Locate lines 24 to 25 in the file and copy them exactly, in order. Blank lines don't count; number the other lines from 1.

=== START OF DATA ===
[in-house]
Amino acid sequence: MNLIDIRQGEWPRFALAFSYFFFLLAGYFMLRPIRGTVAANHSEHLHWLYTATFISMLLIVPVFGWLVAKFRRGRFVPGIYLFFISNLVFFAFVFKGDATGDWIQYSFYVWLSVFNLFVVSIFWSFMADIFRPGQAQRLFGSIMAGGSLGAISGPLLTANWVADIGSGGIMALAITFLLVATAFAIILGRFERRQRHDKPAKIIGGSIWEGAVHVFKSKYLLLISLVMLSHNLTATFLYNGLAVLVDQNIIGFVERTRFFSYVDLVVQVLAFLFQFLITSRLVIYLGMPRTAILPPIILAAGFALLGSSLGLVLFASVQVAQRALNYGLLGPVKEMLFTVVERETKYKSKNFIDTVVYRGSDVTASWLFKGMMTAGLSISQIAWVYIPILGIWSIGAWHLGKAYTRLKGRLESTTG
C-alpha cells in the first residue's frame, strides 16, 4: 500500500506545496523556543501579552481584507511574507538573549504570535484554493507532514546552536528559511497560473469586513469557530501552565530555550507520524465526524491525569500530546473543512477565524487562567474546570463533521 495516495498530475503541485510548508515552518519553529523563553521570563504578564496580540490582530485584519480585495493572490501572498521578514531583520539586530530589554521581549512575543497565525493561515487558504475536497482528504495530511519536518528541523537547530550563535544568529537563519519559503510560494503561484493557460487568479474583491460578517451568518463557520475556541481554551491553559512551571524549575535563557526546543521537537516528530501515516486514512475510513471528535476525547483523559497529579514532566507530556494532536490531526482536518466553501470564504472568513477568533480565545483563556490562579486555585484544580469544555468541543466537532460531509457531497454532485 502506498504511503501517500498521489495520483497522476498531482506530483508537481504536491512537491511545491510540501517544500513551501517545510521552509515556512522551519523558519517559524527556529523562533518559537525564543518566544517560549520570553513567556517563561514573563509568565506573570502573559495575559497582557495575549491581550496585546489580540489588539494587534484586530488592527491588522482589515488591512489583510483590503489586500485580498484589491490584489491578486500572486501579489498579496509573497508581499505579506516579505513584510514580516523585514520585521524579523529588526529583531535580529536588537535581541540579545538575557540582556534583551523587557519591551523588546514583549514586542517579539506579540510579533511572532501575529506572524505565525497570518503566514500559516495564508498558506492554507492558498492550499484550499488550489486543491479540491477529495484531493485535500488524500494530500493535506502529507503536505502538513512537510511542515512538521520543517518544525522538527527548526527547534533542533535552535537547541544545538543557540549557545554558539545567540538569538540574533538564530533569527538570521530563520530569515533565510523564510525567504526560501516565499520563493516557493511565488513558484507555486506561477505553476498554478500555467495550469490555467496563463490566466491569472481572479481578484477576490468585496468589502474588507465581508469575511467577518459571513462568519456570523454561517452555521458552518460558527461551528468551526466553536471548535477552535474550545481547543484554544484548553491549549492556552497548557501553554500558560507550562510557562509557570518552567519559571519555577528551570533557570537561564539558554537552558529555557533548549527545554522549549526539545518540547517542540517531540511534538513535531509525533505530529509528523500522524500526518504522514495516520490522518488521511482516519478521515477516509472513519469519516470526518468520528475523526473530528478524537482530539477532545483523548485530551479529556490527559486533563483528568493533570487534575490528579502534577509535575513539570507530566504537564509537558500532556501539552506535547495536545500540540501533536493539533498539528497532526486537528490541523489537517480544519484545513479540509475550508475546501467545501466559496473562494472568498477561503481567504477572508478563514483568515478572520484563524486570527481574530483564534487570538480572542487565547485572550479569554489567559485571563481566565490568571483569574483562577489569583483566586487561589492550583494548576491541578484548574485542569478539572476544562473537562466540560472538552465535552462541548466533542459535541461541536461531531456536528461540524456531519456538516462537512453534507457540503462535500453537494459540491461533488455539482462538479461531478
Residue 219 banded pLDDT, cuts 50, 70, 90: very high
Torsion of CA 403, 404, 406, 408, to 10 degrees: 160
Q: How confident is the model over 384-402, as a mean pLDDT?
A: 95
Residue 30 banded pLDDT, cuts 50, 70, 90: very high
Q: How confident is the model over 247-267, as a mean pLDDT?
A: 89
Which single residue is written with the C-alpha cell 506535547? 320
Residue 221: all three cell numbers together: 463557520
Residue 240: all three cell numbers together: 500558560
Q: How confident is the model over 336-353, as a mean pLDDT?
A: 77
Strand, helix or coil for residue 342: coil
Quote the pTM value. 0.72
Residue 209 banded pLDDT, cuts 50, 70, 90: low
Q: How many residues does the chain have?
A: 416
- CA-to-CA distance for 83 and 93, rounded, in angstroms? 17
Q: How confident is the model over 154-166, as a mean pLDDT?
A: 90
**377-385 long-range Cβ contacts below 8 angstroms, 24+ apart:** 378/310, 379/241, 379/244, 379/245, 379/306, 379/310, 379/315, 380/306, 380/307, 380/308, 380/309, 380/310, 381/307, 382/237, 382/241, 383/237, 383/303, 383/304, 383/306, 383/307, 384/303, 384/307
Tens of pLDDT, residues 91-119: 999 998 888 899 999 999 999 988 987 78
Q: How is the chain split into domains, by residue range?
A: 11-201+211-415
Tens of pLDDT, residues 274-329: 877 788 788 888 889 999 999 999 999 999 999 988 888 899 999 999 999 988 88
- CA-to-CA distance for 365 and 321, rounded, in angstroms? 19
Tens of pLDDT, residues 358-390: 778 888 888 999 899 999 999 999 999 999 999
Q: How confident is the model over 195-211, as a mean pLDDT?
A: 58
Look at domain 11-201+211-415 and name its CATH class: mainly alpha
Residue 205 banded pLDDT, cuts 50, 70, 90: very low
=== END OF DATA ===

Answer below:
**377-385 long-range Cβ contacts below 8 angstroms, 24+ apart:** 378/310, 379/241, 379/244, 379/245, 379/306, 379/310, 379/315, 380/306, 380/307, 380/308, 380/309, 380/310, 381/307, 382/237, 382/241, 383/237, 383/303, 383/304, 383/306, 383/307, 384/303, 384/307
Tens of pLDDT, residues 91-119: 999 998 888 899 999 999 999 988 987 78